Katja Wezel

  • Research Associate


Baltic history
Russian and Soviet history
Memory politics
Spatial history


The Dictators (HIST 0190)
The Baltic Sea: From Vikings to Post-Soviet Re-Union (HIST 0201)
Introductory Seminar (HIST 1001) 
Nationalism (HIST 1046)
Comparative European History (HIST 1108)
Modern Germany (HIST 1131)
Contemporary Germany (HIST 1132)
History of the Russian Revolution (HIST 1313) 
Memory Politics (HIST 2045)

Education & Training

  • PhD, Heidelberg University, 2011

Representative Publications

“Transcending Boundaries: Riga’s Baltic German entrepreneurs in an era of nationalism, revolution and war.” Journal of Baltic Studies 48/1 (2017): 39-54. DOI:10.1080/01629778.2016.1269434

Geschichte als Politikum. Lettland und die Aufarbeitung nach der Diktatur [History as Politics. Coming to Terms with the Past in Post-Soviet Latvia]. Berlin: Berliner Wissenschaftsverlag 2016.

“The Unfinished Business of Perestroika. Latvia’s Memory Politics and its Quest for Acknowledgement of Victimhood in Europe.” Nationalities Papers 44/1 (2016): 560-577. DOI:10.1080/00905992.2016.1142520 

 “Country Report Latvia.”  In Lavinia Stan and Nadya Nedelsky (eds.): Encyclopedia of Transitional Justice.New York: Cambridge University Press, 2012.

Research Interests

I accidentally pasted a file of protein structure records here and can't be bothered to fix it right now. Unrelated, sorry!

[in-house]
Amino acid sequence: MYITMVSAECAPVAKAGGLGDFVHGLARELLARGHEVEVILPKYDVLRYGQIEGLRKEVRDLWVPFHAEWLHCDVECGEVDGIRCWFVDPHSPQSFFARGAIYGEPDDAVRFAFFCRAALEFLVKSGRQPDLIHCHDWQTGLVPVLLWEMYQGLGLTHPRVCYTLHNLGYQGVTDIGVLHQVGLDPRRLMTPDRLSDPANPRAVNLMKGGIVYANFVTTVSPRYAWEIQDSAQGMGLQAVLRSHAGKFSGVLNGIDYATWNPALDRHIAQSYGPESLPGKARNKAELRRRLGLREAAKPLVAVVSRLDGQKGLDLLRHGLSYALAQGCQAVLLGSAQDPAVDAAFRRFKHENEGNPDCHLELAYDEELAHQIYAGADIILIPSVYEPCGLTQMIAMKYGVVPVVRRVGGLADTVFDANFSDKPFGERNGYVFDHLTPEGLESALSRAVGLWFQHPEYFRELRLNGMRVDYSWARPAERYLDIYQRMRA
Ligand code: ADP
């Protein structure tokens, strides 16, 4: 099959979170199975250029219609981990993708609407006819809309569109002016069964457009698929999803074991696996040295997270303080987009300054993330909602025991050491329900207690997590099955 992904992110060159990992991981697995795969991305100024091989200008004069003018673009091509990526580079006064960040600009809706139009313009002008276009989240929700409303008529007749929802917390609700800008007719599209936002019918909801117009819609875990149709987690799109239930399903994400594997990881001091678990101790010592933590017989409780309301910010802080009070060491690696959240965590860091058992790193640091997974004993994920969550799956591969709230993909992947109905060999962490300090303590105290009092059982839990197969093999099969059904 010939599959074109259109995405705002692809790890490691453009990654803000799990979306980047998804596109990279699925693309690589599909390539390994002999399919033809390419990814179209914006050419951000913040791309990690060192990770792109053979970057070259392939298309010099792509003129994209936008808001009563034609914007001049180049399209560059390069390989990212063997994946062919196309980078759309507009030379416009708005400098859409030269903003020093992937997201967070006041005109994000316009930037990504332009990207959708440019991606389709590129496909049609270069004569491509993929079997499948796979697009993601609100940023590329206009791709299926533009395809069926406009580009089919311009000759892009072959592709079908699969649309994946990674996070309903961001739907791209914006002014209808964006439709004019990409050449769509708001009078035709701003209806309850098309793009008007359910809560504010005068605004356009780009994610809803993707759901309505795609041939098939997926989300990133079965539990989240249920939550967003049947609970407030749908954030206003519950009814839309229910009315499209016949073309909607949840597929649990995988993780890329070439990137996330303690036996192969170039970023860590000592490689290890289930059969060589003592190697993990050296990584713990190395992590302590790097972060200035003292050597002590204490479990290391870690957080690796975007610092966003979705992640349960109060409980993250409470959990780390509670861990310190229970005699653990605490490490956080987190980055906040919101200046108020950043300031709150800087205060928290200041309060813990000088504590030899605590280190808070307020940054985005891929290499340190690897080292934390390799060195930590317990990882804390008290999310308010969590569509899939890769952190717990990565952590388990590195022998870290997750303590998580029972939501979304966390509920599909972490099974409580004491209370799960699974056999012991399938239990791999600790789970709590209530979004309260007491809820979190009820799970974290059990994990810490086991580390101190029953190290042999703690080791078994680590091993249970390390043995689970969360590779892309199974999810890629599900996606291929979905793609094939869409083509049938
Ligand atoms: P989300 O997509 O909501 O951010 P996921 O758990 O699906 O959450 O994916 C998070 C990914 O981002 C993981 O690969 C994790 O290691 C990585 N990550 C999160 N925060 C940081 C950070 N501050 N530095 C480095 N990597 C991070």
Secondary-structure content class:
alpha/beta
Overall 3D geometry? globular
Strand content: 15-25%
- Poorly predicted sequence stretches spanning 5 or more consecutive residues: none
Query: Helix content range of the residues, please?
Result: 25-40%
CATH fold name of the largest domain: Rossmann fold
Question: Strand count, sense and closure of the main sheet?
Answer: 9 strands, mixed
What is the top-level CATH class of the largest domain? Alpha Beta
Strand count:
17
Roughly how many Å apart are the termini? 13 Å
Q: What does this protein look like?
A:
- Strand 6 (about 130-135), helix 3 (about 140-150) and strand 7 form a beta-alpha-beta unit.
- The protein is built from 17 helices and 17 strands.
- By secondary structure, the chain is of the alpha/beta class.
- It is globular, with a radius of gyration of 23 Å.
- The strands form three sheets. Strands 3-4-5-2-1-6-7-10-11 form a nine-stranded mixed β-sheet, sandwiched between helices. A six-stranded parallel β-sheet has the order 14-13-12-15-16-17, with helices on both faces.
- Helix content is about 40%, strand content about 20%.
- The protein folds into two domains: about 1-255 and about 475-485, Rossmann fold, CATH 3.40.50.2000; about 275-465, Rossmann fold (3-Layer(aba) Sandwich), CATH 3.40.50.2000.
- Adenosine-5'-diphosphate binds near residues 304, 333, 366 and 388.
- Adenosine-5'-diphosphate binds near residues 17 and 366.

Katja Wezel is currently working on an English translation of her monograph Geschichte als Politikum. Lettland und die Aufarbeitung nach der Diktatur, which will be entitled “Occupation, Deportation, Genocide. Memory Politics in Post-Soviet Latvia and Beyond.”  The book deals with memory conflicts in post-Soviet Latvia and explains the roots of these conflicts in World War II and in Latvia's Communist experience. The updated English version also discusses the Baltic contribution to the debate on memory in the European Union.

Furthermore, she is working on a new project “The Cosmopolitan City. Riga as a Global Port” which combines urban, spatial, cultural and economic history. It takes a transnational approach and investigates Riga’s transformation into a globally linked multi-ethnic port city, first as Imperial Russia’s window to the west, then during WWI as German-occupied territory, and finally as capital of democratic interwar Latvia. The project uses historical GIS to explore Riga’s urban landscape and its global trade networks.